Files were sorted into three, year-long age groupings (2;0–3;0, 3;0–4;0, 4;0–5;0) for the same reasons as in Analysis 3.
All utterances that included name, letter, word, sentence, picture, or drawing were considered. Only those utterances that used one of the target words as a direct object with one of the target production verbs were included. That is, the utterance had to refer to actively producing a written word, picture, etc. The target verbs were divided into three categories. Write-only verbs were write and spell. A child might use one of these to say such things as Spell my name. Draw-only verbs were draw, color, and paint. For example, a child could say I am coloring a picture. Two neutralverbs, make and do, were also included because children can use them to refer to objects in either system. The two coders agreed on 96% of their judgments.
Table 5 shows information about the verbs that parents and children used with the target direct objects. Parents never used a write-only verb with a drawing object. That is, no parent utterances like Spell a drawing or Write a picture were found. However, parents sometimes used draw-only verbs with writing objects throughout the age range analyzed. For example, parents occasionally said Draw your letters or Color your name. Children sometimes used write-only verbs with drawing objects and draw-only verbs with writing objects, saying things like I am writing a picture and I am drawing my name. All utterances like the former, with write-only verbs and drawing objects, came from children. This difference between parent and child use of write-only verbs was statistically significant, χ2 (1, N = 216) = 14.26, p< .001. Additionally, children used reliably more draw-only verbs with writing objects than parents did, χ2 (1, N = 325) = 5.10, p< .05. In other words, children produced utterances like draw my name more often than parents. These results suggest that children have some difficulty using the verbs appropriately even when parents provide them with appropriate examples. Both parents and children were more likely to use draw inappropriately than write and spell inappropriately, χ2 (1, N = 541) = 16.99, p< .001, collapsing across parents and children.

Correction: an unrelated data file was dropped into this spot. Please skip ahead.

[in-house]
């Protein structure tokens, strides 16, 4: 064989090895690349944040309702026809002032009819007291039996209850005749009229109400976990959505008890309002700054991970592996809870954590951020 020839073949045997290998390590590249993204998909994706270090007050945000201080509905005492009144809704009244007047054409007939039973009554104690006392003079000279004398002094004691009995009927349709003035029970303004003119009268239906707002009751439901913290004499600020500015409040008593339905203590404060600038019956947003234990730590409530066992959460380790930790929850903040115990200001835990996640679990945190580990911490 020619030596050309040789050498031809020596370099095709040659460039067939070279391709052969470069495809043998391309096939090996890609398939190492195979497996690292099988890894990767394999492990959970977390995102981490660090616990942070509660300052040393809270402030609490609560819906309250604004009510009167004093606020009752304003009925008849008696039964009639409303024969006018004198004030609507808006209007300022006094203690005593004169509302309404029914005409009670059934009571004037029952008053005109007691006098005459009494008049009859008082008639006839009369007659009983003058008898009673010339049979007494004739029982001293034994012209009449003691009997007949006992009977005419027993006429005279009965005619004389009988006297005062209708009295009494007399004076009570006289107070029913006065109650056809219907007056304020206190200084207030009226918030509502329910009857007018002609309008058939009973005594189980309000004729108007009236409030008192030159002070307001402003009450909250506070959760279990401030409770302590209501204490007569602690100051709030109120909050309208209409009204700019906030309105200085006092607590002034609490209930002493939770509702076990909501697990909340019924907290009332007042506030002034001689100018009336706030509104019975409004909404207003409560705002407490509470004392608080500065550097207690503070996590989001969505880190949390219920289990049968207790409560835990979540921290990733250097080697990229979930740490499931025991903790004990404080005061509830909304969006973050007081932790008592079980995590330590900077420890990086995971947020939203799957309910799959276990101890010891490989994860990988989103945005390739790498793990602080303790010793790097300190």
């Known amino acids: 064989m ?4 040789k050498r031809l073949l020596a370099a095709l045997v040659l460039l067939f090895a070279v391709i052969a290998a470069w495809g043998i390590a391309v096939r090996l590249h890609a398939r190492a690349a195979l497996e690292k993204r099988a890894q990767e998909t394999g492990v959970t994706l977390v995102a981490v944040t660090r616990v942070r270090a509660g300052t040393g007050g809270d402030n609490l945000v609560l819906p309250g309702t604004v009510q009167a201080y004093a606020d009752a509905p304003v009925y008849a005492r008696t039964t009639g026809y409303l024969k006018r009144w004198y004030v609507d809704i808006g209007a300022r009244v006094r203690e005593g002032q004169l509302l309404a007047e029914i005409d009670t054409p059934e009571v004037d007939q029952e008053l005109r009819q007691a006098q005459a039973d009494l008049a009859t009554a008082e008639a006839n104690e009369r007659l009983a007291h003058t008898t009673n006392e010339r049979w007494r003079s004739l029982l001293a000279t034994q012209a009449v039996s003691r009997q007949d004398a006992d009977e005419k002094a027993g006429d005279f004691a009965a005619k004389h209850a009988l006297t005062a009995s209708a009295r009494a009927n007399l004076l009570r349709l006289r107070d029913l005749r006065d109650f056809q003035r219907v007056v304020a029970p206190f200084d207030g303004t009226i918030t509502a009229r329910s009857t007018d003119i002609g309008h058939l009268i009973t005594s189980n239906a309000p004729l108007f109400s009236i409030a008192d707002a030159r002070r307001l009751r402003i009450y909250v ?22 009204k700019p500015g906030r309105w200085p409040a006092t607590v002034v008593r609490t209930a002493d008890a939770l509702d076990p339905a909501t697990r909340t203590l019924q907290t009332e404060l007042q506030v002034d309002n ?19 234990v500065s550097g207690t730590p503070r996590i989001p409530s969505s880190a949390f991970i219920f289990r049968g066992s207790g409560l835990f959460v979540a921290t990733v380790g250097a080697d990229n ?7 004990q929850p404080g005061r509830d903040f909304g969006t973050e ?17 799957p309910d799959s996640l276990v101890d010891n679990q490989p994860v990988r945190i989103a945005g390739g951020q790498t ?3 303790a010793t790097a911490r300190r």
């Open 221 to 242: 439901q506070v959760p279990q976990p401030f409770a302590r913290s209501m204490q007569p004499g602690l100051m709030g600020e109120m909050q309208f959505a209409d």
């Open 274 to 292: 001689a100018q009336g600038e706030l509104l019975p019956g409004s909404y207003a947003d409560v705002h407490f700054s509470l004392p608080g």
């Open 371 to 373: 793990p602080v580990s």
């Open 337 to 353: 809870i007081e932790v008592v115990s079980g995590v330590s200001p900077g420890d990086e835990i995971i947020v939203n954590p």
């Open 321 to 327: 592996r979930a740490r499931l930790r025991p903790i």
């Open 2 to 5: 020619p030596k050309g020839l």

Collectively, these results suggest that parents are strict in their talk about writing: They never suggest to children that writing can be the same as drawing. However, parents speak about drawing with some looseness, occasionally saying things like Draw your name. In these instances, parent speech may be thought to imply that writing is a type of drawing that involves sequences of shapes rather than a distinct system for symbolizing language. Still, parent statements like draw your name were much less common than statements like write your name. This finding is noteworthy considering that the written names and letters produced by children at the younger end of the studied age range tend to be unrecognizable scribbles that look quite similar to the scribbles they produce when drawing (Levin & Bus, 2003).
Both parents and children used neutral verbs with writing and drawing objects throughout. A chi square test revealed that children used more neutral verbs than draw-only or write-only verbs when talking about drawing objects, whereas the reverse pattern held for parents, χ2 (1, N = 442), p< .01. There was no significant difference between parent and child use of neutral verbs versus specific verbs for writing, χ2 (1, N = 407) = .45, p> .10. Both parents and children used specific verbs more than neutral verbs when talking about writing, and neutral verbs use was significantly more common with draw-only objects (e.g., make a picture) than with write-only objects (e.g., do my letters), χ2 (1, N = 849) = 88.79, p< .001. Despite these differences between writing and drawing, the fact that parents sometimes used neutral verbs for both writing and drawing may allow children to think of the two symbol systems as similar. This generic usage persisted across the age range studied, and it could potentially contribute to children’s difficulty in grasping the distinction between writing and drawing.
The verbs that parents use with the common objects of writing and drawing provide information about the distinction between the two systems. However, parents occasionally speak of writing as a form of drawing, and this may provide less straightforward information about the nature of print. Analysis 5 further investigated parent speech about writing and drawing by exploring the direct objects used with the common verbs of both systems.